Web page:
Wednesday, September 30, 2009

Presto Change-o . . .

Pot roast! Taking a tough cut of meat and turning it into a delightful, melt-in-your-mouth dinner is almost magic. At least, it makes me feel like a magician in the kitchen.

I don't believe that a pot roast is one of those types of food that necessarily requires a recipe, so I'm not giving one. I'll dwell more on the process.

I finely chop several cloves of garlic and add them to about half a cup of olive oil. Then, I add Italian herbs to that mixture. These herbs consist of rosemary, basil, oregano, and you can use anything else that suits your fancy. I massage the olive oil, herb, and garlic mixture onto the meat. I also salt and pepper the meat (I prefer on using garlic salt). I put about 1/4 cup of olive oil in a stock pot and heat it up nice and hot on a high setting. If a sprinkle of water makes the oil pop, I know it's ready. I sear b about both sides of my meat. Then, I pour about 1/2 a bottle of wine into the pot, bring it to a boil, cover it, set it to low, and let it simmer for 2 to 3 hours.

During this long period of cooking, the metamorphosis takes place. The tough steak turns into meats so tender, your fork breaks it apart like softened butter.

After this initial cooking period, I add vegetables. Chopped potatoes, carrots, green beans, whatever you feel like adding will work. Tomatoes would be nice. There are so many possibilities at this point. You can add more liquid. Beef stock or water, maybe more wine, but be sure to add more seasoning. I like using crushed red pepper flakes because of the nice heat that they add to a dish. If you want to thicken your broth, you can mix a little starch and water, then pour that in. Mixing the starch with liquid before putting it in the pot is not necessary, but it will ensure that it won't clump up.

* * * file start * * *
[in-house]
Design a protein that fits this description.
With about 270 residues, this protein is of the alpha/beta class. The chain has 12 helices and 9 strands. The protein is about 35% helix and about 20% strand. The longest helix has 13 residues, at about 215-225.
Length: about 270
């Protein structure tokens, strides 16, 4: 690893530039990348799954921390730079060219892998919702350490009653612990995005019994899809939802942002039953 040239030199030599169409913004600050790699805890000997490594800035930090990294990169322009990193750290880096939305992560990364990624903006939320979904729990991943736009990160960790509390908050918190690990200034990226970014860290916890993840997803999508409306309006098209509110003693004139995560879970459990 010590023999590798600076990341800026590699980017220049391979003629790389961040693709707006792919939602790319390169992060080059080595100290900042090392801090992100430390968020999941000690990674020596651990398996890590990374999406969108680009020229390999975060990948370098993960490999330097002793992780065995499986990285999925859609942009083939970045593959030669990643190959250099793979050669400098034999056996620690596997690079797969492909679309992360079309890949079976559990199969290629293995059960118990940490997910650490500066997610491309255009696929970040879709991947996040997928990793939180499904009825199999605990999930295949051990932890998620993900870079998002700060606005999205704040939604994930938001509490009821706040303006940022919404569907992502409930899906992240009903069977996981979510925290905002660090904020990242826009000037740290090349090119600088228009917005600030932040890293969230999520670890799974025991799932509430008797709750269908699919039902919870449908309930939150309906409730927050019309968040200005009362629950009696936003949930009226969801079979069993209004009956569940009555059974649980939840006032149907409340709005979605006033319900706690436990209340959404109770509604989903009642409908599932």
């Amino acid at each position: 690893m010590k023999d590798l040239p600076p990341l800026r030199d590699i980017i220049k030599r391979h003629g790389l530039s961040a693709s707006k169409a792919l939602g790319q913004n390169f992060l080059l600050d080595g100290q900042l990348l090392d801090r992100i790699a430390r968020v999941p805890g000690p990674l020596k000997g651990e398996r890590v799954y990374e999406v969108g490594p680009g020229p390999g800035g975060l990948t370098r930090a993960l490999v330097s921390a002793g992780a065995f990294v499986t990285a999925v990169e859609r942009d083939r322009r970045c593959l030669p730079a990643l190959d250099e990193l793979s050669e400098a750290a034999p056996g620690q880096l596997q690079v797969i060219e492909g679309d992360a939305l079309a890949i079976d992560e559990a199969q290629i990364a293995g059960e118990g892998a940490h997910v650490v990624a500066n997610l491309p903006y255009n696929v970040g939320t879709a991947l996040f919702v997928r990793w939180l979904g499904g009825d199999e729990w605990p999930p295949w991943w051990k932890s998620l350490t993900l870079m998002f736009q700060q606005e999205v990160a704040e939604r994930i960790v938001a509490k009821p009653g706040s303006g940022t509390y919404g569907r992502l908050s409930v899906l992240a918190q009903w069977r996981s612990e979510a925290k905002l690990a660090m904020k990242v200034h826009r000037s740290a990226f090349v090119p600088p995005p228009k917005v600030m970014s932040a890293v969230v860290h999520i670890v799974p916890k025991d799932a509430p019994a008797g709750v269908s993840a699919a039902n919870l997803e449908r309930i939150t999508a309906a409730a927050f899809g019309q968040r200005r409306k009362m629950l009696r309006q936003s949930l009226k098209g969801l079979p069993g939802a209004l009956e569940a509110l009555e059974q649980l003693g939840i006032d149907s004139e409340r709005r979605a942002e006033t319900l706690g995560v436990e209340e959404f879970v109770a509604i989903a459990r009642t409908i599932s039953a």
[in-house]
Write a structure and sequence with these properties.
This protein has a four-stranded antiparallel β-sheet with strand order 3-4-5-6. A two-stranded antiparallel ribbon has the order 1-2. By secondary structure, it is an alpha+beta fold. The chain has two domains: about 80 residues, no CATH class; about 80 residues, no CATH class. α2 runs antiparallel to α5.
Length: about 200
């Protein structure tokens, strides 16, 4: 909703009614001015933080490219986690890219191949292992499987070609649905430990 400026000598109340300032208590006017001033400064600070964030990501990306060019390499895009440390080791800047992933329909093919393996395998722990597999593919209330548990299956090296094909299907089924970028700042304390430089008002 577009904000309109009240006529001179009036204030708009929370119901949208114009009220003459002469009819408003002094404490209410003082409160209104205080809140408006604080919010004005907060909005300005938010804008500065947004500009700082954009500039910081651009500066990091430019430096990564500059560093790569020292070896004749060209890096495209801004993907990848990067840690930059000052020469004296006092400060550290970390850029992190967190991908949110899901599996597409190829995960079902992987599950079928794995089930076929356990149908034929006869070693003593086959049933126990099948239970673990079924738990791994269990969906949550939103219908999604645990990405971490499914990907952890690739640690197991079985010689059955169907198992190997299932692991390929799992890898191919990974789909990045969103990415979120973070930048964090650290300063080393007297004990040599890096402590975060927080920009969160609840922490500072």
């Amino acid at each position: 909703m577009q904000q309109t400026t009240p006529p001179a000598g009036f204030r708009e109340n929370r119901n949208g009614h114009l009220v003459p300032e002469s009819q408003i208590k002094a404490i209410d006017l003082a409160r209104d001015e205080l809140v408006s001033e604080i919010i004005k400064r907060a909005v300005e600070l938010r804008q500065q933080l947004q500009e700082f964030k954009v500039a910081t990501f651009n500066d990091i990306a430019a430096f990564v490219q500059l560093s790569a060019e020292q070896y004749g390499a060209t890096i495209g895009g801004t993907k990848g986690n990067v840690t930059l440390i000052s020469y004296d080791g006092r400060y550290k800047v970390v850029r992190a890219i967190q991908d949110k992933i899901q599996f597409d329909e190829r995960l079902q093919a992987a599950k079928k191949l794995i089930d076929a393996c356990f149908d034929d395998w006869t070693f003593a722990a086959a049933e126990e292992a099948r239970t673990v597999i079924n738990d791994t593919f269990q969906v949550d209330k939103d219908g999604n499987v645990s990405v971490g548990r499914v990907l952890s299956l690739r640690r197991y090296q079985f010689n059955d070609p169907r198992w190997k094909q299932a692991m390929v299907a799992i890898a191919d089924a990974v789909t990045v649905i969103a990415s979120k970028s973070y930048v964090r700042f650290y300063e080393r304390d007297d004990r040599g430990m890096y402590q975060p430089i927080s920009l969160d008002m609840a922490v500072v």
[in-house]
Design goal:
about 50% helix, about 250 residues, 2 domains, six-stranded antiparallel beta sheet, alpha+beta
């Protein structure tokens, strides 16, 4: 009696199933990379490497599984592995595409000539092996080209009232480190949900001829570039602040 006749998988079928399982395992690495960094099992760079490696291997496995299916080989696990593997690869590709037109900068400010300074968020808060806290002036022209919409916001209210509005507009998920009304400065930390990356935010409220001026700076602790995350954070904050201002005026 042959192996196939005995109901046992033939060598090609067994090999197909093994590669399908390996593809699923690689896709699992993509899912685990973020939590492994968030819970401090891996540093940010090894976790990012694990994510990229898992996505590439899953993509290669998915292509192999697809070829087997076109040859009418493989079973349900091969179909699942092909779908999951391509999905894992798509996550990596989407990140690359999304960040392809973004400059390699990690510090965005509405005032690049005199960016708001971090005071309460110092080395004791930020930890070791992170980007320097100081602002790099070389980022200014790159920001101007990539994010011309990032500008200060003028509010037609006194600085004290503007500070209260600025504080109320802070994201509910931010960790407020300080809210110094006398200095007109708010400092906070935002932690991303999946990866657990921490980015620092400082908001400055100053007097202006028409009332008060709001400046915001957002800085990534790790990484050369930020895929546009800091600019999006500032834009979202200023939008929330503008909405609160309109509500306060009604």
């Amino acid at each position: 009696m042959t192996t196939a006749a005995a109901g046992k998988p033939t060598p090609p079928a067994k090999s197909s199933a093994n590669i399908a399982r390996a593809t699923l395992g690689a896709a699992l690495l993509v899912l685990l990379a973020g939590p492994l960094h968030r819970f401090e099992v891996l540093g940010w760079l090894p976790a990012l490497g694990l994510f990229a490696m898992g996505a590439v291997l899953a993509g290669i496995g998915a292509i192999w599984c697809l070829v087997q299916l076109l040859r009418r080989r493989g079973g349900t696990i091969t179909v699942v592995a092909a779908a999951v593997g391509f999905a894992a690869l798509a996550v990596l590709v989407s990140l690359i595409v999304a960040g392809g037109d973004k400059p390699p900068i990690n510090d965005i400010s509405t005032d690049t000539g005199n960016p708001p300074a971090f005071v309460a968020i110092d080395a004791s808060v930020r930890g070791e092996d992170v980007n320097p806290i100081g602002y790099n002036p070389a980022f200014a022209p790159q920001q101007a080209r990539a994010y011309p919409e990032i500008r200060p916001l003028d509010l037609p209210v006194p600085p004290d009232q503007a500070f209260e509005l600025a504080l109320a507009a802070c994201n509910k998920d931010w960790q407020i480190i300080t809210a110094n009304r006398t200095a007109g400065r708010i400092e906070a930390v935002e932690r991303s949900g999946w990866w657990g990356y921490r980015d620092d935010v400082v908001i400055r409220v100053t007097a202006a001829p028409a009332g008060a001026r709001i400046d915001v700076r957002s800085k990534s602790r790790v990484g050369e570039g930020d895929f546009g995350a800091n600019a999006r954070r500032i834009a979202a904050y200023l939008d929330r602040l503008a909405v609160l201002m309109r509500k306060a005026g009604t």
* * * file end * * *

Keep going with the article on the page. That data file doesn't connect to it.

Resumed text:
After I've added what I like, I let everything cook covered on low heat for an hour longer. The vegetables become tender and the flavors marry.

I serve the roast in a bowl over white rice. A dash of Louisiana hot sauce works well as a condiment for this dish.

One thing is certain, everyone who eats this dish will love it and feel the love in it. It's magical!

Tuesday, September 29, 2009

Cookie Cake!

So chewy, so melt-in-your-mouth, so perfect . . . so cookie cake! It always merits an exclamation point!

This recipe for cookie cake is positively the best I have found. It has a fantastic flavor (the dough is also one of the tastiest) and a perfect moist and chewy cookie texture. Just don't over bake it!

With this recipe, I only bake it for 20 minutes, then it comes right out of the oven! If it stays in the oven longer than that, it loses it's fabulous texture. You've been warned!

2 sticks unsalted butter, softened
1 cup packed light brown sugar
1/2 cup granulated sugar
2 large eggs
2 cups plus 2 tablespoons all-purpose flour
1 teaspoon baking soda
1/2 teaspoon salt
1 1/2 teaspoons pure vanilla extract
1 1/2 cups semisweet chocolate chips

Preheat the oven to 375 degrees F. Greased 9x13 inch pan.
In a large bowl, cream butter and sugars. Add the eggs, beating well after the addition of each.
In a bowl, combine the flour, baking soda, and salt and mix with a whisk. Add to the butter mixture, mixing to incorporate, and add the vanilla extract. Fold in chocolate chips. Spread across the bottom of the prepared pan and bake until the edges are golden and the cookie is set but the center is still slightly soft, about 20 minutes. Cool completely before decorating, if desired. Enjoy!